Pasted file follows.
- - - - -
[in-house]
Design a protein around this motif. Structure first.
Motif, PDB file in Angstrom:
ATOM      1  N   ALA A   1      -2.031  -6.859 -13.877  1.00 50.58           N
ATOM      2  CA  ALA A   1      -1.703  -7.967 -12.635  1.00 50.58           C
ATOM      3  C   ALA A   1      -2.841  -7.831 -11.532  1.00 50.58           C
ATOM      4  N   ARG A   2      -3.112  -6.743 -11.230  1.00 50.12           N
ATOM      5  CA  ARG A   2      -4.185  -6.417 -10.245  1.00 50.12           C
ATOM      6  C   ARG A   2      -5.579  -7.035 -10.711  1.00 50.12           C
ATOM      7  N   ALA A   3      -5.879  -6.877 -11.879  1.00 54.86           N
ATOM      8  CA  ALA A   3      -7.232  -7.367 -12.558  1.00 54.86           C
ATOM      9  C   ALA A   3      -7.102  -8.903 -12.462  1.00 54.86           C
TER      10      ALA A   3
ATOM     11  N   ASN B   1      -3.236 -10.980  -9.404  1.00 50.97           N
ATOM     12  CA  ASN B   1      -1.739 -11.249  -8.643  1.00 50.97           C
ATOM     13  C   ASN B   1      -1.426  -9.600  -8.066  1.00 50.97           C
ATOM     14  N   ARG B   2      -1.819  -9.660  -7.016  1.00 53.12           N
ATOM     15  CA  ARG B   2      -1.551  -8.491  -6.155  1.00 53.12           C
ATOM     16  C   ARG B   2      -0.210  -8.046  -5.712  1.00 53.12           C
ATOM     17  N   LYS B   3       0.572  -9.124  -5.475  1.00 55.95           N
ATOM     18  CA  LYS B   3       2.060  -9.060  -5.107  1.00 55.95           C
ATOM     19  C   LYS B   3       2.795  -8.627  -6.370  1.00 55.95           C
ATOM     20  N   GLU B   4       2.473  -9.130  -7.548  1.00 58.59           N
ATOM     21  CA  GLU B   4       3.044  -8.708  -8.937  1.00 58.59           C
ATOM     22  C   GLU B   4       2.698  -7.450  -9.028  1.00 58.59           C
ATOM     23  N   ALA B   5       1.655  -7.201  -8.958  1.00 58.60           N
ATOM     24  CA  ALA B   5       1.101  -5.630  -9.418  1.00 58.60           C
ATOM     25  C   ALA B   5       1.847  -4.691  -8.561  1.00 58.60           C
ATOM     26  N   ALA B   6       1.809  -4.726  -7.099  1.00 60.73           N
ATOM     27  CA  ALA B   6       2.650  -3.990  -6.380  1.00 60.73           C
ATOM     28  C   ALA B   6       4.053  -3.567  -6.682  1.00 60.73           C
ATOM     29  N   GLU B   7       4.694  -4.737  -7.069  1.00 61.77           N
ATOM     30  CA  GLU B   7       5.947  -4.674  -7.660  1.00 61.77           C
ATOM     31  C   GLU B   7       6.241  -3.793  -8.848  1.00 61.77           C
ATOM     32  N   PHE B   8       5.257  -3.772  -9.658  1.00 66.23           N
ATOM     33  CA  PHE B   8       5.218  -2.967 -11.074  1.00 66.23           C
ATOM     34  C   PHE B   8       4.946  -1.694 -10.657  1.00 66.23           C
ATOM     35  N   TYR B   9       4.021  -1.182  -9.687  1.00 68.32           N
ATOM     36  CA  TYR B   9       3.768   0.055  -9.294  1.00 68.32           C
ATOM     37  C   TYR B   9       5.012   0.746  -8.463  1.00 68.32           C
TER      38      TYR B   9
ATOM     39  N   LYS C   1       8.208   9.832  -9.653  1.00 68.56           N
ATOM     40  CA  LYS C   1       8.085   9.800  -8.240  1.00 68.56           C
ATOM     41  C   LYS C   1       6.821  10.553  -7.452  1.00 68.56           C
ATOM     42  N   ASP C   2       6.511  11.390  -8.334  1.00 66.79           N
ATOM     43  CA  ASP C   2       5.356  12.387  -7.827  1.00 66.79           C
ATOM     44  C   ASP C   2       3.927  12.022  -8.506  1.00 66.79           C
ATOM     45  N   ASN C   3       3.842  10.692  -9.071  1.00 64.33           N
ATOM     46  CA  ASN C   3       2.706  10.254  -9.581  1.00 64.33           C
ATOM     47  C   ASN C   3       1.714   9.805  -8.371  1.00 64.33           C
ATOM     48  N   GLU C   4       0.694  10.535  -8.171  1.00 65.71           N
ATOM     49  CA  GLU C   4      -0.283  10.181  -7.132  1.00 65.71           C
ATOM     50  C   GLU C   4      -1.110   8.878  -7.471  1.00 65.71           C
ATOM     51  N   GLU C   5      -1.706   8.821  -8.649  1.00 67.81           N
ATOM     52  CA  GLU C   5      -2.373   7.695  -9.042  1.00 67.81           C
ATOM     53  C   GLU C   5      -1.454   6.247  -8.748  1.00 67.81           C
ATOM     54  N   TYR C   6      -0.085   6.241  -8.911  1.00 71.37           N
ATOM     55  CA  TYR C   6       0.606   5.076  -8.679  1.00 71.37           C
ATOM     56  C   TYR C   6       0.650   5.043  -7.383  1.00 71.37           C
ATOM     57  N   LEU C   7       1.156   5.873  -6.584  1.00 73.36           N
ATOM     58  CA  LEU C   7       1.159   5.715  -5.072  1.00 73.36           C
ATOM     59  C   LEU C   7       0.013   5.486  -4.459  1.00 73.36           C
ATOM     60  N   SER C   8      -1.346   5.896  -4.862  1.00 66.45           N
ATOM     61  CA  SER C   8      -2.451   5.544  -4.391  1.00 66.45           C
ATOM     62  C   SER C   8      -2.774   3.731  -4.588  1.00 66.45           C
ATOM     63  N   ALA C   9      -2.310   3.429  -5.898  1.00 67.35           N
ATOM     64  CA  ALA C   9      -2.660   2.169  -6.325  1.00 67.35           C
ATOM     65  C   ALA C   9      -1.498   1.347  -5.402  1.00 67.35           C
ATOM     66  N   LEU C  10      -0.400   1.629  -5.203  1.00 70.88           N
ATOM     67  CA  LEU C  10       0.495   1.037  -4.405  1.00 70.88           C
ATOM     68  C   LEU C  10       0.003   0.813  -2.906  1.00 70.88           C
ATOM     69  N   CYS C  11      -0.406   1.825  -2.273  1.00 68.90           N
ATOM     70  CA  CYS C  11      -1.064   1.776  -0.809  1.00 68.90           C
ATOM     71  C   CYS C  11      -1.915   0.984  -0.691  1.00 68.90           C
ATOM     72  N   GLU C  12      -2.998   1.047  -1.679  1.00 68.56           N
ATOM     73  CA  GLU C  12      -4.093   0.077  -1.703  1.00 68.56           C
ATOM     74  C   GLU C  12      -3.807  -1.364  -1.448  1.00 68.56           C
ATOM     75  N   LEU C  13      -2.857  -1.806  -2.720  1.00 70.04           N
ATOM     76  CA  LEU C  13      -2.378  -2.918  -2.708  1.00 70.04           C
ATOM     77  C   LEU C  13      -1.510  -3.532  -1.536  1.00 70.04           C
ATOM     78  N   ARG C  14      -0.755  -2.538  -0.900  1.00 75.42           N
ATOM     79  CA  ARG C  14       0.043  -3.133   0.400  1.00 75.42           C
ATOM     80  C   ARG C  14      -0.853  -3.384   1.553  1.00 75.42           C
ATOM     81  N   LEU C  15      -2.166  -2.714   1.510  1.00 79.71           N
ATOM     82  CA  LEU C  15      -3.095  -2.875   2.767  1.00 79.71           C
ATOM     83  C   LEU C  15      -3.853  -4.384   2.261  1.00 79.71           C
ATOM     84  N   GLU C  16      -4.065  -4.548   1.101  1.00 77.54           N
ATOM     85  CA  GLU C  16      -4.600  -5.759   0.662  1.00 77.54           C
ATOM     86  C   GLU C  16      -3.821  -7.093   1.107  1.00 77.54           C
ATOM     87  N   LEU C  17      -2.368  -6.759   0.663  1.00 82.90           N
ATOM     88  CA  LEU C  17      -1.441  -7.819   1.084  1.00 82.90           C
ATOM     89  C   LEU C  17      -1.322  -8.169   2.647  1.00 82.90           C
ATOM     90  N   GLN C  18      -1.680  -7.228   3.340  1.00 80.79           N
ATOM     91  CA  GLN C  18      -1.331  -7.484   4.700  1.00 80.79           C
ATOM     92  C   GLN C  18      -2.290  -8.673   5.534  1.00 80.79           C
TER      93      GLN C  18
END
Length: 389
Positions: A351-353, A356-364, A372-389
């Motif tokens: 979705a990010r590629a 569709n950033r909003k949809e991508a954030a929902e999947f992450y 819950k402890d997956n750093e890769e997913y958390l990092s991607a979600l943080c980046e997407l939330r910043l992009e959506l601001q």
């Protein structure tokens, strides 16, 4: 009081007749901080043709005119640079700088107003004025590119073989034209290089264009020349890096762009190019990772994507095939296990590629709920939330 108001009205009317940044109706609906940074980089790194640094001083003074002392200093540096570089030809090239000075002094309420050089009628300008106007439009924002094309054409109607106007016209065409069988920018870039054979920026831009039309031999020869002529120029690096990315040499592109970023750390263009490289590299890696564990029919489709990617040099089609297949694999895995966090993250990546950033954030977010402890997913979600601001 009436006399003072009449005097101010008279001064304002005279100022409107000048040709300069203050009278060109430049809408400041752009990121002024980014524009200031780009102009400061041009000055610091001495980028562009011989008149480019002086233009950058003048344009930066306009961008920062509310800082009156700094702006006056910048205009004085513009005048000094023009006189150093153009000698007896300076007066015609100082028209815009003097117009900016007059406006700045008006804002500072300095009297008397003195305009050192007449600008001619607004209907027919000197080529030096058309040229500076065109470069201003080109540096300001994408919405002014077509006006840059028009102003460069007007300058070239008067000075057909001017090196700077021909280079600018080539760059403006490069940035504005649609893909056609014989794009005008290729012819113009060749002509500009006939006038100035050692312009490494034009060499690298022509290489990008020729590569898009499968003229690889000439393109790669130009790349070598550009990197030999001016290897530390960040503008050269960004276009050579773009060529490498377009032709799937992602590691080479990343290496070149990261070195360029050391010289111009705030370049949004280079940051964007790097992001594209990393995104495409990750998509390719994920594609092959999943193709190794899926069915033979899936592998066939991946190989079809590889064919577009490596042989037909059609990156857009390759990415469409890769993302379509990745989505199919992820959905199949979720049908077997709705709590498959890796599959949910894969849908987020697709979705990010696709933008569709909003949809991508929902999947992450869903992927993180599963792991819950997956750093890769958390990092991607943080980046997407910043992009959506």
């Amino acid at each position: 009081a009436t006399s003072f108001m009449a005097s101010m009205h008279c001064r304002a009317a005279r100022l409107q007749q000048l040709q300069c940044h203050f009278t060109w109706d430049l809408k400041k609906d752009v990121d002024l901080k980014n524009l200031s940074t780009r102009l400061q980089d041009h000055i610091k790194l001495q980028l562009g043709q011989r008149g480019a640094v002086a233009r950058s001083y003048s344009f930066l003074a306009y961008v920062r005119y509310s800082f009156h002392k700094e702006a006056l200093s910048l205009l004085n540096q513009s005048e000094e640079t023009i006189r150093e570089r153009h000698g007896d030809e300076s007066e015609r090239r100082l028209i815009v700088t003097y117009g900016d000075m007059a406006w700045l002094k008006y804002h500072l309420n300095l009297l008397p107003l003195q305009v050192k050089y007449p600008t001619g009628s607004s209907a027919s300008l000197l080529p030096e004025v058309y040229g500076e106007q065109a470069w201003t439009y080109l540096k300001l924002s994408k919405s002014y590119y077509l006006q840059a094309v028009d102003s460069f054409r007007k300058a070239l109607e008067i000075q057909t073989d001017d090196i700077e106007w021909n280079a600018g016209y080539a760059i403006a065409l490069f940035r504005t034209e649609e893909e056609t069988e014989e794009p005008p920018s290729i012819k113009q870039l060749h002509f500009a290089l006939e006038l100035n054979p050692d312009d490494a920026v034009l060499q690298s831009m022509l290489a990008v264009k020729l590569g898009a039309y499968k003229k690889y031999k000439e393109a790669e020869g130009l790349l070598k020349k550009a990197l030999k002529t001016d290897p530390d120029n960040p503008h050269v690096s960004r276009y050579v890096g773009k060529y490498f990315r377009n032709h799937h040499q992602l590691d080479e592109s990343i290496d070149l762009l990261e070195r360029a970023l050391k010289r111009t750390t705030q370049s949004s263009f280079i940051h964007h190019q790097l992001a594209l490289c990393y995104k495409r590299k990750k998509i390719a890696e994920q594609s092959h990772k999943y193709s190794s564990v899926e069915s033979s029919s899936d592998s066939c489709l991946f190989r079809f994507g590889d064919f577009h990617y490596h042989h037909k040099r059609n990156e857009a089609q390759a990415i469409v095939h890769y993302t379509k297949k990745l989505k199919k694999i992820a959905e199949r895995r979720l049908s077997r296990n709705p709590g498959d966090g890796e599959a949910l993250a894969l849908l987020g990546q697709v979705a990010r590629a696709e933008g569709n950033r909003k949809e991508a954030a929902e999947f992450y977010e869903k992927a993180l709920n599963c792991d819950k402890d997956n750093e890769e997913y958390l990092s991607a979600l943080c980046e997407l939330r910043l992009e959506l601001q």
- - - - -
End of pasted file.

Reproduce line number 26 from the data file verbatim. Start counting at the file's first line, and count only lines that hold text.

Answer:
ATOM     23  N   ALA B   5       1.655  -7.201  -8.958  1.00 58.60           N